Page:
By Conor Bryant
The U.S. government, led by the Department of Defense, announced plans on Monday to invest $200 million to help shorten the waiting list for organ transplants.
It is designed to support technologies aimed at repairing and replacing cells and tissues, says Jeff Zients, director of the White House National Economic Council. $160 million in public-private investment will go to a new Advanced Tissue Biofabrication Manufacturing Innovation Institute to aid in developing next-generation manufacturing techniques for cell therapies. Another $7 million will go towards awards for small businesses working to advance the science of tissue preservation.
Over 120,000 people in the U.S. are on a donor waiting list, with 80% of those waiting for a kidney. The number of organ transplants last year was around 30,000, the most annual transplants ever. End stage kidney failure cost Medicare $34 billion a year, more than 7% of the total budget.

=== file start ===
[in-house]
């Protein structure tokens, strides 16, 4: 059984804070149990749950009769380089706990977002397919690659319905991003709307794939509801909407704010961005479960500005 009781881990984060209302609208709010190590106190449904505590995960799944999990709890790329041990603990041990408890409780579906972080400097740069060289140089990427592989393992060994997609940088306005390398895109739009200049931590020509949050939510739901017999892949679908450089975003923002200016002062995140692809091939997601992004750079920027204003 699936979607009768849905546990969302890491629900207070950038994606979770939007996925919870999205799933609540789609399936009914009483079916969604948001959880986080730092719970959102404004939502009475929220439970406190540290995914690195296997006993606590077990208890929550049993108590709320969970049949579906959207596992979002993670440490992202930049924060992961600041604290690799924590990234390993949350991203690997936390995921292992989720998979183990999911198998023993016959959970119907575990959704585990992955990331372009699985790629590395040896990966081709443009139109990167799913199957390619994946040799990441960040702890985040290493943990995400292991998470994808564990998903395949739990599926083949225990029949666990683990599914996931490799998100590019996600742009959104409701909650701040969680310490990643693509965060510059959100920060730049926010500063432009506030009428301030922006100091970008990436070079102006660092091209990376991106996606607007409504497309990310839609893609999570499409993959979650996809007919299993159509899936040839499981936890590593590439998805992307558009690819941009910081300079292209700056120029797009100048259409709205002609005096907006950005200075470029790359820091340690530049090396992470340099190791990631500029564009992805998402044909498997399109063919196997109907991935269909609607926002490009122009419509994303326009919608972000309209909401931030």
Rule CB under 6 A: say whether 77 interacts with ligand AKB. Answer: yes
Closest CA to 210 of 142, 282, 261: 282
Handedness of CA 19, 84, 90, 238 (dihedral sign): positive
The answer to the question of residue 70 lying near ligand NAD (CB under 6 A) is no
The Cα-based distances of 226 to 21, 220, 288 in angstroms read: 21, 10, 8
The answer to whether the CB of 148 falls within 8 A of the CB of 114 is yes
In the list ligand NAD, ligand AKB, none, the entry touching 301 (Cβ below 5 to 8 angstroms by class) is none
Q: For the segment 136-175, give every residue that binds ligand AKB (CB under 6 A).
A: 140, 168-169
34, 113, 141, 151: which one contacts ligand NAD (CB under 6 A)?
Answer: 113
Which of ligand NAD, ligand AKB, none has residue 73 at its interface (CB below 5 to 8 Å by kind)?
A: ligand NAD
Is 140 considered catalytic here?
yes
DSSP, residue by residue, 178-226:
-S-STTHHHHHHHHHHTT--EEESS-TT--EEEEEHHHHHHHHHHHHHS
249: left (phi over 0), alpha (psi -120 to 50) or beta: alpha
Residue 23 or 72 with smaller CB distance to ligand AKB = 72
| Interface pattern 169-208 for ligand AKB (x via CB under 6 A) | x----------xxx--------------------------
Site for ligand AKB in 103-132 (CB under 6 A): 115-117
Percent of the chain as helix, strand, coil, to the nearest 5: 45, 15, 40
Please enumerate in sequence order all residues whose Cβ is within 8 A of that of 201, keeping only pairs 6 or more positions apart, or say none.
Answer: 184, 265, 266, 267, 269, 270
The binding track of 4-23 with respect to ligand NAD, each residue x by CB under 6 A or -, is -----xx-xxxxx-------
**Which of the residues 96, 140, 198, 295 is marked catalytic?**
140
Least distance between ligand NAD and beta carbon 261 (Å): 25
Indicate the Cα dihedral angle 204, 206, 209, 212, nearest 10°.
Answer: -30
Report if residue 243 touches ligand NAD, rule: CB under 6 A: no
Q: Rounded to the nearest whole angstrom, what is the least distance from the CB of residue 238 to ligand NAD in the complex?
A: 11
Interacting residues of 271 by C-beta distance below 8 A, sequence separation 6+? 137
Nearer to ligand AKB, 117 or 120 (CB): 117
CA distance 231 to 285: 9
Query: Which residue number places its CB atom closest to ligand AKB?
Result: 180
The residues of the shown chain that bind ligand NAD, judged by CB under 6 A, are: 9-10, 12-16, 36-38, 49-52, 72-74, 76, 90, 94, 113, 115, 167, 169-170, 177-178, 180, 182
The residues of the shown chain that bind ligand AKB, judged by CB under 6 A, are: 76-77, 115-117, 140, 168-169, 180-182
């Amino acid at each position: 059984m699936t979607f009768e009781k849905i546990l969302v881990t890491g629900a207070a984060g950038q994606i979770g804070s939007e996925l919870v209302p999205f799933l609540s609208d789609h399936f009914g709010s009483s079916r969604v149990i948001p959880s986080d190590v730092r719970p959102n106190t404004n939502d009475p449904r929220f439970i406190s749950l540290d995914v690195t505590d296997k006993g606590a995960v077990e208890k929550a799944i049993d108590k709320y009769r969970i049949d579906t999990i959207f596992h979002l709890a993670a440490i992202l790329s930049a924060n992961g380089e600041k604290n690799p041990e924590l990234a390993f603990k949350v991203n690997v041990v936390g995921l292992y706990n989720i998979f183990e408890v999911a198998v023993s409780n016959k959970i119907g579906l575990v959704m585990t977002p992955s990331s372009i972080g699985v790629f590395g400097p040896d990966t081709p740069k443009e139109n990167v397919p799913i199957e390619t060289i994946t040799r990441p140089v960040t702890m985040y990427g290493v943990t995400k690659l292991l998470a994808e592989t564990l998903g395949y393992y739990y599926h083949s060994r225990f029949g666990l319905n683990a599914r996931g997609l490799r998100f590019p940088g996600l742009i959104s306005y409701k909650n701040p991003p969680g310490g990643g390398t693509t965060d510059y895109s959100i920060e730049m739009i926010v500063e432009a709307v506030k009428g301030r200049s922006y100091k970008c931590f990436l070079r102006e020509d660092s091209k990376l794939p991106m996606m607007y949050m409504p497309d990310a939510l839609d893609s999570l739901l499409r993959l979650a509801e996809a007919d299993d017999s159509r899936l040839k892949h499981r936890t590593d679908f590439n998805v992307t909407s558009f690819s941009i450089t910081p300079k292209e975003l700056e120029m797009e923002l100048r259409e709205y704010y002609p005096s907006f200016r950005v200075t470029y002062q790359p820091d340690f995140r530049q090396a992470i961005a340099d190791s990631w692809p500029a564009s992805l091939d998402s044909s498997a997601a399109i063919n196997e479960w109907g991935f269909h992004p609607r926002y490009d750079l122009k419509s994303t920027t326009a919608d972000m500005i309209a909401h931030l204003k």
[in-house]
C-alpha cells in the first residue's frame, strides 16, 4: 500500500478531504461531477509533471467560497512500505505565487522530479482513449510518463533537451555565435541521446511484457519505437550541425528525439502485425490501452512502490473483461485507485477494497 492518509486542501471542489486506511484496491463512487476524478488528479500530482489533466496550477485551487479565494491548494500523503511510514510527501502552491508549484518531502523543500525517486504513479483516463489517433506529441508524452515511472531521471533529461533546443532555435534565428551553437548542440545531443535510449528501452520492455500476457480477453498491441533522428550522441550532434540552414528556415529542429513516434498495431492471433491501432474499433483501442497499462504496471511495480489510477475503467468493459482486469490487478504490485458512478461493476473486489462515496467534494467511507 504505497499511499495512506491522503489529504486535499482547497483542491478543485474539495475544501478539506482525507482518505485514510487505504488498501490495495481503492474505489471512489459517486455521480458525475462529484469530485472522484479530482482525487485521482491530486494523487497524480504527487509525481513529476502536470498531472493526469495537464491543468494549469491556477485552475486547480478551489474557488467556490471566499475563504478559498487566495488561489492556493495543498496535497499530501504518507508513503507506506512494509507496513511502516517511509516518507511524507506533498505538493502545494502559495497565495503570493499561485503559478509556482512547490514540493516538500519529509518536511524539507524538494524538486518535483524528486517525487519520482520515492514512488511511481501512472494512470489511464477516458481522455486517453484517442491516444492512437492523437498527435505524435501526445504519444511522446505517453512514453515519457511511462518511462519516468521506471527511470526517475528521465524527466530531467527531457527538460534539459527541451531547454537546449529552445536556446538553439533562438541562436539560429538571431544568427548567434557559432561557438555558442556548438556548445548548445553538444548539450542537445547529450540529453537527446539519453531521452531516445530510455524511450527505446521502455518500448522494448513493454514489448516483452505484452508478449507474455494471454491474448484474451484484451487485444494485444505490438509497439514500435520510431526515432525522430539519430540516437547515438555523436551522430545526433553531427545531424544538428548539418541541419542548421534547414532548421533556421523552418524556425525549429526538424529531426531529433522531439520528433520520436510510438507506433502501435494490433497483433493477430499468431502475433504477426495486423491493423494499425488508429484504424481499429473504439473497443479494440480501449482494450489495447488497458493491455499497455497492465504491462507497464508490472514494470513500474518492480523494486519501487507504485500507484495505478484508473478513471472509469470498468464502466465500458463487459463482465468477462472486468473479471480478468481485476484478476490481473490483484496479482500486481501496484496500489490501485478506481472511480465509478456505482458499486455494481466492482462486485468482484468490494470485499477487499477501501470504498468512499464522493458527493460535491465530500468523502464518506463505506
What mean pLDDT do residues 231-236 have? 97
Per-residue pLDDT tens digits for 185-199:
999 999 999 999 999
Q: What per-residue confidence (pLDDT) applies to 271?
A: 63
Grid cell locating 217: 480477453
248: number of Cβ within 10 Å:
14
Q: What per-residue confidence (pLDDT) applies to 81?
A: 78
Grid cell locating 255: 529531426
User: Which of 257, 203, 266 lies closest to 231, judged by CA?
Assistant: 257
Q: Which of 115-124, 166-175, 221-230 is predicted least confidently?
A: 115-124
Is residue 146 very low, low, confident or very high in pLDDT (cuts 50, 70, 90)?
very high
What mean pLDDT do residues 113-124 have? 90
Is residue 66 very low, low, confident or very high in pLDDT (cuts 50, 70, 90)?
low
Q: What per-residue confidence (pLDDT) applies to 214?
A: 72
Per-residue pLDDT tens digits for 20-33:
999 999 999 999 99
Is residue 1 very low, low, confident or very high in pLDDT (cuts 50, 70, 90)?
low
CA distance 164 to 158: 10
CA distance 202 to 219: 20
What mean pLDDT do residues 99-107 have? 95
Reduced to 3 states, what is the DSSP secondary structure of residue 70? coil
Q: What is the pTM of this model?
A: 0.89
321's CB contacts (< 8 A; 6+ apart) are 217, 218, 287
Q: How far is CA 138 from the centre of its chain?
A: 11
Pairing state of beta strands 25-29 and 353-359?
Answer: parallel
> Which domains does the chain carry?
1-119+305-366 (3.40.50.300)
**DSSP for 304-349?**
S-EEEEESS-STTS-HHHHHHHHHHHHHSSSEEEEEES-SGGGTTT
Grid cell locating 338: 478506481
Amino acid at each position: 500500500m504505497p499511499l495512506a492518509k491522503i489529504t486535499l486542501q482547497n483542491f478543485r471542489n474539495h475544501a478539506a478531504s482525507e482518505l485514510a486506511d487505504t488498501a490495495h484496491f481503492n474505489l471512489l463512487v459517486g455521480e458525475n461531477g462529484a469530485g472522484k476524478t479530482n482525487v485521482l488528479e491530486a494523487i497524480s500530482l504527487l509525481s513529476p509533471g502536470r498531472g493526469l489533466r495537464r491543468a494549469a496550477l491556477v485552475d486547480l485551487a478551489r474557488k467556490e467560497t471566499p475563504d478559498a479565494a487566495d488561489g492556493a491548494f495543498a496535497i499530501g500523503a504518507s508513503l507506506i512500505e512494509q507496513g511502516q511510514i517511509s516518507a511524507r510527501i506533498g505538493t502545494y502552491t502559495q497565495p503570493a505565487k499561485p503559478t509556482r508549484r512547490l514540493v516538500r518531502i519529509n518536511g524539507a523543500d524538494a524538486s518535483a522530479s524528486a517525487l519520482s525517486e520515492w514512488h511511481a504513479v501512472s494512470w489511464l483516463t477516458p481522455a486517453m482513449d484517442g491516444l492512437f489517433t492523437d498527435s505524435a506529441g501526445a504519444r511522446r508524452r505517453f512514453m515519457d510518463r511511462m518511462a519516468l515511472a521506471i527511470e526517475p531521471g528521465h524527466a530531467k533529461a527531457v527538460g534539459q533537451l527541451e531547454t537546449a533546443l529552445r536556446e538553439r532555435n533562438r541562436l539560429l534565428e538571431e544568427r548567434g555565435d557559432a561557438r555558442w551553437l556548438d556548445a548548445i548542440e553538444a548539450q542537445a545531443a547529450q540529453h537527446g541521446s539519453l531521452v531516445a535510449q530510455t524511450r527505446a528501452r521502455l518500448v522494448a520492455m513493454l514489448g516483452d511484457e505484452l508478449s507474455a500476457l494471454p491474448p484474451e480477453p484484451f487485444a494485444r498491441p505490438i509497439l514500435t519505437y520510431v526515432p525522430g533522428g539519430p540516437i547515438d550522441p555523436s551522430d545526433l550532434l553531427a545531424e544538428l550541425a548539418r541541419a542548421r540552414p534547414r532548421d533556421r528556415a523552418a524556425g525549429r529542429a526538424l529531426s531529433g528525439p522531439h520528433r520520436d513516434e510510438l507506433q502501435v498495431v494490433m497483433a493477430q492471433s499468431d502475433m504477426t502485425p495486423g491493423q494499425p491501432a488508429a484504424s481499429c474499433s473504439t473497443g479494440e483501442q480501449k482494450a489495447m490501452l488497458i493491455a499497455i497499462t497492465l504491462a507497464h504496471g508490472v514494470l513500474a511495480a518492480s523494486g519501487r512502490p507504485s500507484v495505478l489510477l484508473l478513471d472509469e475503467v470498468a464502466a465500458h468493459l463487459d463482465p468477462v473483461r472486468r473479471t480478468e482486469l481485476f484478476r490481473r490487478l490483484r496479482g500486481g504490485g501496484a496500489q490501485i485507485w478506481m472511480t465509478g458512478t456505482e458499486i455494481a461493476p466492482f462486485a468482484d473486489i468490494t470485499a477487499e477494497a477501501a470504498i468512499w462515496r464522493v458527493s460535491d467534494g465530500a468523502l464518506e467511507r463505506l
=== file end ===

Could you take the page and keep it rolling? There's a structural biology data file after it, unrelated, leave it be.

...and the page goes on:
The incoming president of the American Society of Transplant Surgeons, Dr. Timothy Pruett, says cutting wait times for organ transplants is a multi-faceted challenge, and while the efforts from the White House are a great start, sustained additional efforts are required.
The sharing of information regarding donors has also seen an increase in attention. Walter Reed National Military Center announced a pilot to help patients find hard to match kidneys; and more than 30 transplant centers said they would share data for hard to match kidney patients. Facebook, Tinder and Twitter are also developing new tools to increase donor registration options.
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The views, opinions and positions expressed by these authors and blogs are theirs and do not necessarily represent that of the Bioethics Research Library and Kennedy Institute of Ethics or Georgetown University.